But today, I'm newly-baptized in the faith of progressive legislative process (and let's give a shout-out to left-wing bloggers who needled and bugged and pushed the President and Congress). So I'm breaking out my old Mao T-shirt and cussin' like Vice President Biden. This hopey change thing seems to be workin' out just fine right now.
The Tea Party crowd has finally found the marrow. With Congress set for the dramatic weekend passage of a fairly undramatic reform package on some aspects of the health insurance industry, the vocal right-wing fringe descended on Capitol Hill crying socialism, threatening gun violence, mocking gay people, shouting racist epithets and hurling spittle on elected representatives.
The full-on freak of the right, goaded by Elmer Gantry fascists like Glenn Beck, Rush Limbaugh, and Sean Hannity, would be entertaining if it didn't carry the explicit promise of violence. At the conservative blog Political Byline, one blogger seems to discern a reason for the defamatory and despicable behavior in Washington:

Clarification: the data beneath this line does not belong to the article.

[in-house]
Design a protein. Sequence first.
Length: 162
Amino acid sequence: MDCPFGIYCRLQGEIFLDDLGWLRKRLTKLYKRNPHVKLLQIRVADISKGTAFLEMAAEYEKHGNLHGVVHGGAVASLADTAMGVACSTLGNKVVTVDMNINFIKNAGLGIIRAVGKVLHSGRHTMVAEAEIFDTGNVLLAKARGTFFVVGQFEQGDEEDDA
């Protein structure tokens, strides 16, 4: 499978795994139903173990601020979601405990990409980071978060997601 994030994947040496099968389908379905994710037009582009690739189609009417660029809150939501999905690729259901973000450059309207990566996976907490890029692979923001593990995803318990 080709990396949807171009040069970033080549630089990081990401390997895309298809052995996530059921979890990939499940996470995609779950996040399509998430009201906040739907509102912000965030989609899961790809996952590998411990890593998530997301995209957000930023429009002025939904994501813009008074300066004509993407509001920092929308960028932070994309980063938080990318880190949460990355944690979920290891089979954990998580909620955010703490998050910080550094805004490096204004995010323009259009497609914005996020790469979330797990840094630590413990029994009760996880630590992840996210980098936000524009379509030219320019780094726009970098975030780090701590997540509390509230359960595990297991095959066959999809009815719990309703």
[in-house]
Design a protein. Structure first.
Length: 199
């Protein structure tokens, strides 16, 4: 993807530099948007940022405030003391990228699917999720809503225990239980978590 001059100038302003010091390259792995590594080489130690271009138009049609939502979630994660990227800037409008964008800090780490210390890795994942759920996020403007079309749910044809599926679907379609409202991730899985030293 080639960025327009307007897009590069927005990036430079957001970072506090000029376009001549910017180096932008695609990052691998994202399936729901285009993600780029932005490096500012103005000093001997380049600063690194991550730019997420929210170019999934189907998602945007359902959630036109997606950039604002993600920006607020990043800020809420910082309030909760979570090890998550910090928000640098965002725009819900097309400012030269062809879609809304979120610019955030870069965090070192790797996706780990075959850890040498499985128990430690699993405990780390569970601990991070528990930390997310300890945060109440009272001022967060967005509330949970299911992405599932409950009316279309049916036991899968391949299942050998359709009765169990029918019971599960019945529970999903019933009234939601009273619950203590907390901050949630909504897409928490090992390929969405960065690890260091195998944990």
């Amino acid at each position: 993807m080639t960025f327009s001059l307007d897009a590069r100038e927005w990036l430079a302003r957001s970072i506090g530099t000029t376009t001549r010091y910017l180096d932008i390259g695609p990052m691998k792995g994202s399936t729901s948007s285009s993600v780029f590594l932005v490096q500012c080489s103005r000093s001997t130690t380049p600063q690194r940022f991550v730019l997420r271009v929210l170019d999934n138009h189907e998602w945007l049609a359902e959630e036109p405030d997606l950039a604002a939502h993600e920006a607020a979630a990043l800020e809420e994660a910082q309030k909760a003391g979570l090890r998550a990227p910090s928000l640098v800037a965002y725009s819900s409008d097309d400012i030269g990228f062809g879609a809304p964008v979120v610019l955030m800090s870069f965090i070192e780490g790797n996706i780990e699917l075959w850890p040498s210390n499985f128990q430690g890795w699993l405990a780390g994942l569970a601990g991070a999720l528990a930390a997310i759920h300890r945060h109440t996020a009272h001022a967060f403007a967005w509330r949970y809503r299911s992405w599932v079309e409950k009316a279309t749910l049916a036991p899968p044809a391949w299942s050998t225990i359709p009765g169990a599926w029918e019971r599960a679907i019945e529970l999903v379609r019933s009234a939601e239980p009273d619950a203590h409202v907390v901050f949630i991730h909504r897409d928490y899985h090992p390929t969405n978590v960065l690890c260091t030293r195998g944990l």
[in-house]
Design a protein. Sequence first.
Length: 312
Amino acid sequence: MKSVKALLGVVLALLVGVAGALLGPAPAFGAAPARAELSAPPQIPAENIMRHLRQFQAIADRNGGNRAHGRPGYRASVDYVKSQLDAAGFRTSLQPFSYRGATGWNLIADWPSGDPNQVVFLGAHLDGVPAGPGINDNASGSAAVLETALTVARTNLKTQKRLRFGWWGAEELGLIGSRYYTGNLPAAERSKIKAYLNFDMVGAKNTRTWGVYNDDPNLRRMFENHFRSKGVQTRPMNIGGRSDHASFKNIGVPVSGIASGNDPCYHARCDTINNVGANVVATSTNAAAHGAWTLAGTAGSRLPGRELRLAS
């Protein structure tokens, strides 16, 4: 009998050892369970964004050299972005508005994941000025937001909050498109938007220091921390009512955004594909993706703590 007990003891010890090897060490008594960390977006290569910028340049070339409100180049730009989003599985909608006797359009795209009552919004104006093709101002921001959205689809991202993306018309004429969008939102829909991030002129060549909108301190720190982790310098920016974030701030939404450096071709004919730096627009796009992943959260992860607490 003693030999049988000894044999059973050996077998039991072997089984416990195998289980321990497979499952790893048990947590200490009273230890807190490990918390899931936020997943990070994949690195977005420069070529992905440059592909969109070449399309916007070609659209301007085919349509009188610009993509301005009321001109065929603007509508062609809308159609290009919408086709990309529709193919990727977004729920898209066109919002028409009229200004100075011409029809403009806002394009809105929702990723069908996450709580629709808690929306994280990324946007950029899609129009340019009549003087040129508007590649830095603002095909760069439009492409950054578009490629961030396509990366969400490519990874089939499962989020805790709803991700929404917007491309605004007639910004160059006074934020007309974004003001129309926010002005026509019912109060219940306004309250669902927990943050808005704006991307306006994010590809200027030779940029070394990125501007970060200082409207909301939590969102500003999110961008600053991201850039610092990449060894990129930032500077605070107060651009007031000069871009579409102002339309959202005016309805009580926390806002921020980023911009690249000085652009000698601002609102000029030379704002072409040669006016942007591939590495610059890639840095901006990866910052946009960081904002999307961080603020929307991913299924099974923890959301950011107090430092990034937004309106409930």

I mean, and I how to do I put this? Ah, I know! The liberal media and I mean the one’s who are reporting this; You should be glad it was just words. I mean, it could have very well been worse. Luckily and thankfully, it was not. But it could have very well have been. So, to the Race hustlers and Gay Blades; be glad it was just words, signs and insults. Because the alternative could have been much worse.
But again, to the more important point —– What the hell do you people expect? I mean, you want to destroy this Country’s health-care system, all to fulfill a stupid, idiotic socialist agenda; and you wonder why some people are pissed off about it?